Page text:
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EPA, Schools and Communities Work Together to Reduce Asthma

2014 May 5

Reposted from It’s Our Environment

By Dr. Teresa Lipsett-Ruiz

Visitors to Puerto Rico often come to bask in the island’s warmth and waves. But, our tropical environment also contributes to the asthma problem that affects about 1 in 10 people here.

In close partnership with EPA, our university-based indoor air quality program builds partnerships with students, schools and the community to improve the environmental conditions in schools and reduce student absences caused by asthma. It has worked!  Over the past 6 years, the schools that we’ve worked with have seen significant decreases in the number of missed school days.

Mountainous areas such as the Puerto Rican municipalities of Caguas and Gurabo are surrounded by humid valleys known as “asthma hotspots,” yet asthma education is not always available there. In response, we created a program with EPA that focuses on three key elements: (1) information resources and checklists, (2) school “walkthroughs,” and (3) partnerships with school officials and the community to physically remove indoor environmental asthma triggers.

Our program relies on EPA’s Indoor Air Quality (IAQ) Tools for Schools guidance and Spanish-language indoor checklists to educate the community and schools on managing environmental asthma triggers. Working with the Puerto Rico Department of Education, we hold IAQ Workshops on asthma triggers.

During school walkthroughs, we often find pest problems—cockroaches, rats and mice—as well as moldy, wet cardboard boxes overflowing with paper. We then formulate a plan to address these asthma triggers.

At first, some teachers were skeptical. They were worried that this was another burden piled onto their busy schedules. Enthusiasm grew, however, when the students and the community began to help. As the old saying goes, “many hands make light work.” The school community came together for a “mega green cleaning” of the school. To check our effectiveness, we collected mold samples before and after our plans were put in place and mold counts dropped significantly.

With the support of school officials, we implemented our program at 32 schools, which resulted in a 38 percent reduction in student absenteeism due to asthma. Based on these impressive results, we now are expanding the program in partnership with EPA. To learn more, listen to my presentation in EPA’s Back-to-School Webinar: Managing Asthma in Schools. Our communities are proud to have improved both their health and student attendance. We invite you to pursue similar programs in your schools and community.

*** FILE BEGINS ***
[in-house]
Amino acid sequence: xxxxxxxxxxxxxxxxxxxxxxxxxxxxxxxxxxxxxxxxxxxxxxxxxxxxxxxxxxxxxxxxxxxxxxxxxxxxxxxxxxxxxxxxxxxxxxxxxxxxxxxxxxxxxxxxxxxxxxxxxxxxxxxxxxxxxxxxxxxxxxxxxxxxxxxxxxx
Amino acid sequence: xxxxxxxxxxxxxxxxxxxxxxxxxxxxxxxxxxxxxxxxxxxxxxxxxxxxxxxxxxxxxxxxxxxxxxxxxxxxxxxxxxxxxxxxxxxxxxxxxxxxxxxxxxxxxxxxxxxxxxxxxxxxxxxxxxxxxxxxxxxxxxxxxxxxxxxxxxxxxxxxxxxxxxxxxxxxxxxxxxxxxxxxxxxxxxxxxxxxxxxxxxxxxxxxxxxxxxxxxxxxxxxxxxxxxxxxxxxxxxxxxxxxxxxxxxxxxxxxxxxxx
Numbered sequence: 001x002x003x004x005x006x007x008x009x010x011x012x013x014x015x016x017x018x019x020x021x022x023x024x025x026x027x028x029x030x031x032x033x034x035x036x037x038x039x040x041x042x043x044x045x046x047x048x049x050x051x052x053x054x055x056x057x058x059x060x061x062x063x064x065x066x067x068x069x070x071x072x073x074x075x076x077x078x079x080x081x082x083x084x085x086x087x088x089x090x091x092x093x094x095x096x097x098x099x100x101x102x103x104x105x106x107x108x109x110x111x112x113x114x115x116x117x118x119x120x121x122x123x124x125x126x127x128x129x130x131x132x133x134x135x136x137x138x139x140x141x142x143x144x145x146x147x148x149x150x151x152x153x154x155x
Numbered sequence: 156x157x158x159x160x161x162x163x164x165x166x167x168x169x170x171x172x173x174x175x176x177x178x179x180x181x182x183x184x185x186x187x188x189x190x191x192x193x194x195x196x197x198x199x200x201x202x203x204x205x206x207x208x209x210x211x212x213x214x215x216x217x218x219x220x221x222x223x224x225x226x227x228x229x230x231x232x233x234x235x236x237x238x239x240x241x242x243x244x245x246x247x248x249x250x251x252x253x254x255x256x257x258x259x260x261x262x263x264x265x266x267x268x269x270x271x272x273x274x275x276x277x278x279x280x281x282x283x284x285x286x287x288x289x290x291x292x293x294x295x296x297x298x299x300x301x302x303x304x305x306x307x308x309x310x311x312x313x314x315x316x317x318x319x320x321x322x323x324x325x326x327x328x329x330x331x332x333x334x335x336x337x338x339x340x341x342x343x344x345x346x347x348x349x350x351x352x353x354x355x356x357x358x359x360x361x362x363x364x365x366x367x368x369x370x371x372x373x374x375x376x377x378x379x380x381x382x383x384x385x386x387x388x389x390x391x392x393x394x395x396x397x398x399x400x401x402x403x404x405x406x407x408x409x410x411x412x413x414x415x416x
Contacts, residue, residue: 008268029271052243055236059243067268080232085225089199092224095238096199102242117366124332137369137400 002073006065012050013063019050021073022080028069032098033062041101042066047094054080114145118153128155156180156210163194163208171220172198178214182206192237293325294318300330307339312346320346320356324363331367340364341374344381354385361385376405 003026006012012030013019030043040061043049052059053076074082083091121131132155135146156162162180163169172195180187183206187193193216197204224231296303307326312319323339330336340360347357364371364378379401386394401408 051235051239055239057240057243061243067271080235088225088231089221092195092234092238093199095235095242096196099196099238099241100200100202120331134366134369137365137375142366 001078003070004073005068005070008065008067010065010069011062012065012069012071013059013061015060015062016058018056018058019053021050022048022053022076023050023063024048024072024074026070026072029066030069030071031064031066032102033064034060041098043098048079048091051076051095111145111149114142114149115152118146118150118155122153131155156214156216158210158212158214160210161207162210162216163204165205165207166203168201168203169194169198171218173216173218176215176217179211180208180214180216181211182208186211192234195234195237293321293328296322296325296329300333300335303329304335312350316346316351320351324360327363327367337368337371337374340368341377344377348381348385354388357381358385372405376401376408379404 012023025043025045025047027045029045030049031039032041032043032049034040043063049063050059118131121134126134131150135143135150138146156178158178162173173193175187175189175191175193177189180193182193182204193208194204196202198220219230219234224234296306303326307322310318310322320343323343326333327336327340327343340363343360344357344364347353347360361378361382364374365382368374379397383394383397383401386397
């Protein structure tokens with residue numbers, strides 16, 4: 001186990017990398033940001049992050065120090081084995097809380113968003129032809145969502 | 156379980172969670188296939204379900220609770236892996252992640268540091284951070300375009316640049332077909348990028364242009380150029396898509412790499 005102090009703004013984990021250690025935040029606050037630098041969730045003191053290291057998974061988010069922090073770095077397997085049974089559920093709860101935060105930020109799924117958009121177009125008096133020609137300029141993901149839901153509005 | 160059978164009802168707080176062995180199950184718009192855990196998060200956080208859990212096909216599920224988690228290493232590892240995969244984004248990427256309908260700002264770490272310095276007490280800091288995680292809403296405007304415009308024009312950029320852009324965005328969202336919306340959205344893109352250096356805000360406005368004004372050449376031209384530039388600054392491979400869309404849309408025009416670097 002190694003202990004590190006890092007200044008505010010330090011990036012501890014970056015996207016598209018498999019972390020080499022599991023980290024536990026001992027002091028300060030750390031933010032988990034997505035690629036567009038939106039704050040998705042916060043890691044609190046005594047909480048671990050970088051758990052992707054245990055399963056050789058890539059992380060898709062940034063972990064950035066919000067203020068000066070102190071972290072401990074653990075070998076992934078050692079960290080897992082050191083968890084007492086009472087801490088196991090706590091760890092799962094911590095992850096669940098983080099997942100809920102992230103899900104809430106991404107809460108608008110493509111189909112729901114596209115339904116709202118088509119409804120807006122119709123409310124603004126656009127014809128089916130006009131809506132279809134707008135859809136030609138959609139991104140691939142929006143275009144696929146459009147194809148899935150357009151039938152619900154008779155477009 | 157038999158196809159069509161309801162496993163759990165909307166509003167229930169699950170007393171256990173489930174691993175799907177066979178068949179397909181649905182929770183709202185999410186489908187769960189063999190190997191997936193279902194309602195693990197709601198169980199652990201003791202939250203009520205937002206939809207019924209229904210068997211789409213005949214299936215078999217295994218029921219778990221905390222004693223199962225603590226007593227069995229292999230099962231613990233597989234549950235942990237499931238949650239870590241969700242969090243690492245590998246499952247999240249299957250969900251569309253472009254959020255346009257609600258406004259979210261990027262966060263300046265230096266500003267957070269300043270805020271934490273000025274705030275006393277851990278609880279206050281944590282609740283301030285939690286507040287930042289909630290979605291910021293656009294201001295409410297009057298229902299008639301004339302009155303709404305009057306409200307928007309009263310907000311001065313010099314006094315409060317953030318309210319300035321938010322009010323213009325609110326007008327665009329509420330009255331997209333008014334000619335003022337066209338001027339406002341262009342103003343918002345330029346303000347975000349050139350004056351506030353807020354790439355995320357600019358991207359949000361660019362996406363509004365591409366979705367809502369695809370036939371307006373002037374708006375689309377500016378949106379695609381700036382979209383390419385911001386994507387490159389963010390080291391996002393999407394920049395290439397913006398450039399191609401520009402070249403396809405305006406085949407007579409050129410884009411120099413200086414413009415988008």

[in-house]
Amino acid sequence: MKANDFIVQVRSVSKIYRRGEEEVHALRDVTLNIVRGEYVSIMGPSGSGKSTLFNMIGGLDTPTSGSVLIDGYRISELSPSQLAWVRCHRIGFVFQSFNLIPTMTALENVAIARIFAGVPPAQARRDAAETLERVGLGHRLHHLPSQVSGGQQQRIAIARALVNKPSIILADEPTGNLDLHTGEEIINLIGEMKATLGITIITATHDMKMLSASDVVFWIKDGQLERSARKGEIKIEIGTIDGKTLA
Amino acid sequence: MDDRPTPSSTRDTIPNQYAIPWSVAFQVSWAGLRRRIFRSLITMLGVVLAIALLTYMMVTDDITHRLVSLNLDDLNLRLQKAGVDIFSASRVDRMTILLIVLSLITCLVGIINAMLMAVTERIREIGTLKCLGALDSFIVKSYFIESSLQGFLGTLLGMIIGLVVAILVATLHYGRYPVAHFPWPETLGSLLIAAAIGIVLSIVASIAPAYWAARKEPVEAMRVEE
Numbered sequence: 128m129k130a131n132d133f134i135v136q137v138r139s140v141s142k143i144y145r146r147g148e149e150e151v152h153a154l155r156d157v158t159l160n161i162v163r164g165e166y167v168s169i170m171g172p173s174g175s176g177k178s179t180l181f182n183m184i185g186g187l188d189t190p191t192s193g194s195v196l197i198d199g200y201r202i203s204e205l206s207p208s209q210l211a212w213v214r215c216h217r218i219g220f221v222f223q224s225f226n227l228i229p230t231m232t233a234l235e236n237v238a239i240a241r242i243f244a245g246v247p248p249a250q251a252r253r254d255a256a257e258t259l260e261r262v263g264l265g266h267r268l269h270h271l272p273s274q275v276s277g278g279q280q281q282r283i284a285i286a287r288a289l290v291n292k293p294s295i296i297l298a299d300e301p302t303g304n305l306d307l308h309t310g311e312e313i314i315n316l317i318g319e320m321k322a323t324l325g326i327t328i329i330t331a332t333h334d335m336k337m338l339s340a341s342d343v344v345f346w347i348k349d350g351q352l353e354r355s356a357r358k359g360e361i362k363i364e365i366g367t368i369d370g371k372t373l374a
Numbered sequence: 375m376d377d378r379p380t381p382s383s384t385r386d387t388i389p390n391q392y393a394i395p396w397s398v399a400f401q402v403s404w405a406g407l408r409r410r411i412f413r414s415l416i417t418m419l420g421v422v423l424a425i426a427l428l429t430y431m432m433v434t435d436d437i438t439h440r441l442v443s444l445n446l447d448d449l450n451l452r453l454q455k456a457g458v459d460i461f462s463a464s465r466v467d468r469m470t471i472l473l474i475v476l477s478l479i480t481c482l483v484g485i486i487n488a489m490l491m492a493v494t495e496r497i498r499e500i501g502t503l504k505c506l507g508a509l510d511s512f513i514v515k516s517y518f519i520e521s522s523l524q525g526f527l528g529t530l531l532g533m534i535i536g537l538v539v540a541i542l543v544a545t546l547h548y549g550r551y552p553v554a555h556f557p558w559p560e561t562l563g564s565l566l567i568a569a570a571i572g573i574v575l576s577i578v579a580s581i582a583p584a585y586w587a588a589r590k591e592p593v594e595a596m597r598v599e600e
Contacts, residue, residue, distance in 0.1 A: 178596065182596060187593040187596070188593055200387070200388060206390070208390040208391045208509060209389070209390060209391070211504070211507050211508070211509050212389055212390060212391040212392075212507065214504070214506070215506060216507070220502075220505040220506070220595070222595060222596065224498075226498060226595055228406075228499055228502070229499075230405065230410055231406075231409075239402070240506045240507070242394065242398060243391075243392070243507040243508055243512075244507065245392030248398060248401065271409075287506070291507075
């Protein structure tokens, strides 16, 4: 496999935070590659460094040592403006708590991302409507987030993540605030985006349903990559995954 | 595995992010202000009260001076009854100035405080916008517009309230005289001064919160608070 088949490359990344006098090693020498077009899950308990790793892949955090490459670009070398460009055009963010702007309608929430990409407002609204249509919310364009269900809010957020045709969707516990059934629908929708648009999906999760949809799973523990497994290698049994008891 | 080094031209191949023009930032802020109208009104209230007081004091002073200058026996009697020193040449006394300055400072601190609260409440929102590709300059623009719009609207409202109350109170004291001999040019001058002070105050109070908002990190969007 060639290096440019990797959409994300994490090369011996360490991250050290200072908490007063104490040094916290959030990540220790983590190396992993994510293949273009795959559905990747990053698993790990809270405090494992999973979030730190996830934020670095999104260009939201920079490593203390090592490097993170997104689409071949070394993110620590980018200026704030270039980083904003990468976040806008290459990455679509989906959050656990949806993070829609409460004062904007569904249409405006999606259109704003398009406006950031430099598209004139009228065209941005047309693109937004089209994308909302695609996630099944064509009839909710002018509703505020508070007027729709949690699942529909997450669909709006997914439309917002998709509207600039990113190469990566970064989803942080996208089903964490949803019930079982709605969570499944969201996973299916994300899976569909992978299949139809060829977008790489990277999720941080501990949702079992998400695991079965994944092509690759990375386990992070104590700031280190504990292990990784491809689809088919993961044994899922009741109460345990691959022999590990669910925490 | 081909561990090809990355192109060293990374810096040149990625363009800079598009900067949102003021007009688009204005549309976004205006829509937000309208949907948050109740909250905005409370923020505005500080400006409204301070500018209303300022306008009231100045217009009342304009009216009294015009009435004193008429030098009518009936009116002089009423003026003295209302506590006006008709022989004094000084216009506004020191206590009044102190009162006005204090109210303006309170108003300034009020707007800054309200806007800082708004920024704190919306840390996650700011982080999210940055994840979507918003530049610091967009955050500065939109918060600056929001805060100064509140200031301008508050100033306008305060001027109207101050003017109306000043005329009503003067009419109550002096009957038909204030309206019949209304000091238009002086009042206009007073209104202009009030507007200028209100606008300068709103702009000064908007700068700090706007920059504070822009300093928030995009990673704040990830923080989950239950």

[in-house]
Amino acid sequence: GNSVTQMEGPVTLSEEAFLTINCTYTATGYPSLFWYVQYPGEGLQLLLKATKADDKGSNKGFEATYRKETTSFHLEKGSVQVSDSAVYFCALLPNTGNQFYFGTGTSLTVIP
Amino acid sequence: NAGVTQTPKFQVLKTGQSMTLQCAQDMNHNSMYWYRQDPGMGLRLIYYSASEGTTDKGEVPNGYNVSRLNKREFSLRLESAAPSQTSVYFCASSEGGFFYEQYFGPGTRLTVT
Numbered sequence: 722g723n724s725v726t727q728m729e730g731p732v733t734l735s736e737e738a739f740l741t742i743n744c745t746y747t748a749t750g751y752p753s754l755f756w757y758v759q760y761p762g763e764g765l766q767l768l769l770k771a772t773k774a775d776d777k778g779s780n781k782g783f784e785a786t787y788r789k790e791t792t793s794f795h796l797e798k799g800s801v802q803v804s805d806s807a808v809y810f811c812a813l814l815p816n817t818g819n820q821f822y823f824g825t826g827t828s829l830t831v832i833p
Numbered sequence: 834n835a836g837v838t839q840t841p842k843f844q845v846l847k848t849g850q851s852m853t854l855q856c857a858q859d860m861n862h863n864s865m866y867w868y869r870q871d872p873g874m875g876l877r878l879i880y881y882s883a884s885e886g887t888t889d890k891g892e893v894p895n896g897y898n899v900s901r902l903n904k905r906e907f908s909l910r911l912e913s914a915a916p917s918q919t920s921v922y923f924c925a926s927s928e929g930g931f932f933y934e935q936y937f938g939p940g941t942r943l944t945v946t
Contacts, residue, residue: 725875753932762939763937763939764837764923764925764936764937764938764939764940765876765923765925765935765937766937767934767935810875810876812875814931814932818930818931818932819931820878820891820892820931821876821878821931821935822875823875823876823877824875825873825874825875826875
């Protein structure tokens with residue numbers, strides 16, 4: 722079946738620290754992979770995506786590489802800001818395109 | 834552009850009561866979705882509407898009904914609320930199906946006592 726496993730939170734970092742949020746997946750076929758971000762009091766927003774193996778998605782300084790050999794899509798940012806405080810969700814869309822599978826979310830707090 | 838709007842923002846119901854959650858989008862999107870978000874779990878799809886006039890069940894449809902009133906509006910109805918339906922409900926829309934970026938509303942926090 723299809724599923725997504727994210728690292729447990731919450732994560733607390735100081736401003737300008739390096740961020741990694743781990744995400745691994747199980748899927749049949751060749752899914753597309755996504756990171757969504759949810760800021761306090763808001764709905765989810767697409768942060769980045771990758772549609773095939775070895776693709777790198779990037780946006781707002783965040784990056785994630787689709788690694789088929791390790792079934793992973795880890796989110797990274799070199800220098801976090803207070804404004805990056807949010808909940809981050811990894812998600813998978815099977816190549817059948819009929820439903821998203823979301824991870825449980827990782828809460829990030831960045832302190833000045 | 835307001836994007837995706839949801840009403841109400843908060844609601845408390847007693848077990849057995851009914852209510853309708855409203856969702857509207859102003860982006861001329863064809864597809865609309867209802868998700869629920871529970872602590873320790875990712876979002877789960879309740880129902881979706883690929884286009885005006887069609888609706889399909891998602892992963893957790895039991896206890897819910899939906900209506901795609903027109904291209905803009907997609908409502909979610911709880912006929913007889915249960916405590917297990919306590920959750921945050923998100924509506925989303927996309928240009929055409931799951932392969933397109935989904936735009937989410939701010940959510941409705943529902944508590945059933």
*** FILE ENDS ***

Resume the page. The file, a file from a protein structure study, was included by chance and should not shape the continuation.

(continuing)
Dr. Lipsett-Ruiz is the Dean of the School of Science and Technology in Universidad del Turabo in Puerto Rico. Her partnership with EPA has trained more than 150 teachers in 100 schools on practical steps to asthma management. The program leverages school clubs, blogs, conferences, theatre play, and role modeling exercises, along with EPA information resources to reduce student absenteeism due to asthma.

Editor's Note: The opinions expressed here are those of the author. They do not reflect EPA policy, endorsement, or action, and EPA does not verify the accuracy or science of the contents of the blog.

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4 Responses leave one →
  1. Mackenzie Carpenter permalink
    May 14, 2014

    Asthma seems to be a big problem across the United States. As a teenager who suffers from asthma I think it is wonderful that the EPA is coming in and trying to reduce the amount of kids who have asthma in Puerto Rico. I would much rather spend my taxpayer money on reducing asthma rates than funding some unnecessary government project. There are so many “sick” schools across the United States and I think it is time that we go in and fix the indoor air quality of these buildings. I also believe that the indoor air quality standards should be raised because this study shows that their is a direct correlation between indoor air quality levels and human health.

  2. Lea Howell permalink
    May 19, 2014

    I think that this is fantastic! It’s a shame for any child to miss school because of something like air quality that can be improved with a little work. The fact that the community came together and made a group effort shows just how powerful a difference people can make when they truly care about something. If only all environmental issues were handled that way! I hope that this program continues because it has only proved to do great things so far!

  3. Madison Ringer permalink
    May 21, 2014

    I never realized how big of a deal asthma was. Around where I live, asthma isn’t very common, my brother had asthma but it was only sports induced. I think that it’s great what y’all are doing for these children! It would be terrible for them to have to miss school because of an asthma problem that could easily be taken care of. I hope that y’all get to continue to help people with this problem.

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